Two Italian brothers aged 8 and 3 who suffered from the same hereditary disease, retinal dystrophyregained their sight thanks to a genetic treatment to which they were subjected at the Gemelli Polyclinic in Rome, in collaboration with the Bambino Gesú pediatric hospital in the Italian capital.
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The 3-year-old girl, who now distinguishes details and can move around calmly in dimly lit environments, has become the youngest patient in Italy to receive this therapy as part of a joint project between both entities for adult and pediatric patients with this congenital malformation.
“Gene therapy for retinal degeneration with hereditary transmission represents the first concrete treatment to prevent or correct the complete deterioration of visual function and plays a fundamental role in future therapeutic strategies”, said Giancarlo Iarossi, from the Ophthalmology Unit of the Bambino Gesu.
This disease is characterized by the mutation of the two pairs of the Rpe65 gene, responsible for the production of a key protein in the process of converting light into an electrical signal in the retina. The best known is retinitis pigmentosa (Rp), of which its early form, Leber’s congenital amaurosis, was the one suffered by the brothers, according to local media.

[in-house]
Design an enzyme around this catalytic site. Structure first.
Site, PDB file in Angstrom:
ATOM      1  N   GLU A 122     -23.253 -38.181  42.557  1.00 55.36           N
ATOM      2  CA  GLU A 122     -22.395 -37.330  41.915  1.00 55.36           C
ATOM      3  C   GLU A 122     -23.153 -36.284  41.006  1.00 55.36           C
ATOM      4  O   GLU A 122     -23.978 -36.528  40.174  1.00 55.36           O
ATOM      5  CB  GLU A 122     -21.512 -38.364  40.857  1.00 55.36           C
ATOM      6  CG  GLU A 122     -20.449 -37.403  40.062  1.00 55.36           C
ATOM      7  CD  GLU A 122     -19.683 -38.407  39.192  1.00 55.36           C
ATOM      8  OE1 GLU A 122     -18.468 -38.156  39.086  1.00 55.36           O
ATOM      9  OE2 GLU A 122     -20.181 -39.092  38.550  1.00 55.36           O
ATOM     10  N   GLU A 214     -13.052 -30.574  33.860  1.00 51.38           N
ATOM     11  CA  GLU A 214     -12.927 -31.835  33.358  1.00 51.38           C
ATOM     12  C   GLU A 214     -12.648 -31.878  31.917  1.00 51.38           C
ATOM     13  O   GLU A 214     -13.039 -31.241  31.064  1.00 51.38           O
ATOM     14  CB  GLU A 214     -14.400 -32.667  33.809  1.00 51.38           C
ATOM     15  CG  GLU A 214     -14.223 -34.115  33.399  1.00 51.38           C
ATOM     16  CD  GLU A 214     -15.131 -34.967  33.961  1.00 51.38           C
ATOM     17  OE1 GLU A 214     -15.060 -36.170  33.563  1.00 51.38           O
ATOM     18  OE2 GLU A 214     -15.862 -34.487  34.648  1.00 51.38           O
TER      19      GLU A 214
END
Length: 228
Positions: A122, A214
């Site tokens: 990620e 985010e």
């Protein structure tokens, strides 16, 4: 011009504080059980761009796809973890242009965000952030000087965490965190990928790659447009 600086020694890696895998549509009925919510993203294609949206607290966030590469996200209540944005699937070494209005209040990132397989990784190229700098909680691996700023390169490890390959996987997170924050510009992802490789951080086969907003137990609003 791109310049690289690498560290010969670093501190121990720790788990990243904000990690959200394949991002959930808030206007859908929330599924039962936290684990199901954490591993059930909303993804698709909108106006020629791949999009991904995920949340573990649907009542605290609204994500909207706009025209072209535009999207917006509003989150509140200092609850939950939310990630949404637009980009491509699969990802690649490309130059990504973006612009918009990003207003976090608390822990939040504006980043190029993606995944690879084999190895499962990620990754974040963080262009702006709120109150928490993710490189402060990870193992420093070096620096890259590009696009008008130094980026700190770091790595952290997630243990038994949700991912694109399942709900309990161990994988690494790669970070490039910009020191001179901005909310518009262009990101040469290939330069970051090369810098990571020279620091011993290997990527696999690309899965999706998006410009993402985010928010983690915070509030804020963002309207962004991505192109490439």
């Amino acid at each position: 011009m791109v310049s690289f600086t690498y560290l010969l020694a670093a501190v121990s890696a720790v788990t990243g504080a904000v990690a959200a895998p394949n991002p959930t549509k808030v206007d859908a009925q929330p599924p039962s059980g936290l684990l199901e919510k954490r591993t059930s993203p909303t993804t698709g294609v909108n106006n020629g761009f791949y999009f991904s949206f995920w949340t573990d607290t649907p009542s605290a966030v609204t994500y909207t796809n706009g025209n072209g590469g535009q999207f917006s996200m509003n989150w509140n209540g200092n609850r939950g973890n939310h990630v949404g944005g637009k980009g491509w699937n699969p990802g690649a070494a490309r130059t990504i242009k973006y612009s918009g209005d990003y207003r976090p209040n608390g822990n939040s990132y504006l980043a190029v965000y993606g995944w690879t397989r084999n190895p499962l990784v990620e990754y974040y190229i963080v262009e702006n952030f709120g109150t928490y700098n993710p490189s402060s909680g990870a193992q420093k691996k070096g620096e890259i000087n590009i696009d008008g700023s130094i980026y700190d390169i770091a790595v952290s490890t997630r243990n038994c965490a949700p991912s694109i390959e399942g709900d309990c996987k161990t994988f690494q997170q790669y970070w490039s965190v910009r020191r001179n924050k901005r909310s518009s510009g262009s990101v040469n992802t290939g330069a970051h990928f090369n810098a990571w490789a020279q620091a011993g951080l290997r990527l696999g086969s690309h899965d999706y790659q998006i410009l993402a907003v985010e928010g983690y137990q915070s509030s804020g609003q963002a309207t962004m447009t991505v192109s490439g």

In Italy, there are between 100 and 120 people affected, who suffer from poor night vision, narrowing of the visual field and may experience a severe and progressive reduction in visual capacity up to blindness.
The therapy consists of a single injection into the subretinal space of both eyes of a functional copy of the Rpe65 gene, which, once transported in the cells, is capable of significantly and lastingly restoring the patient’s visual capacity.
“Retinitis pigmentosa is a terrible disease that leads to blindness in the most severe forms and for which there was no effective therapy until recently. Finally today, even in a few patients, we can offer an effective treatment, the result of international scientific studies carried out in very few research and treatment centers in the world”, explained Stanislao Rizzo, director of the Ophthalmology Unit at Gemelli.
With information from EFE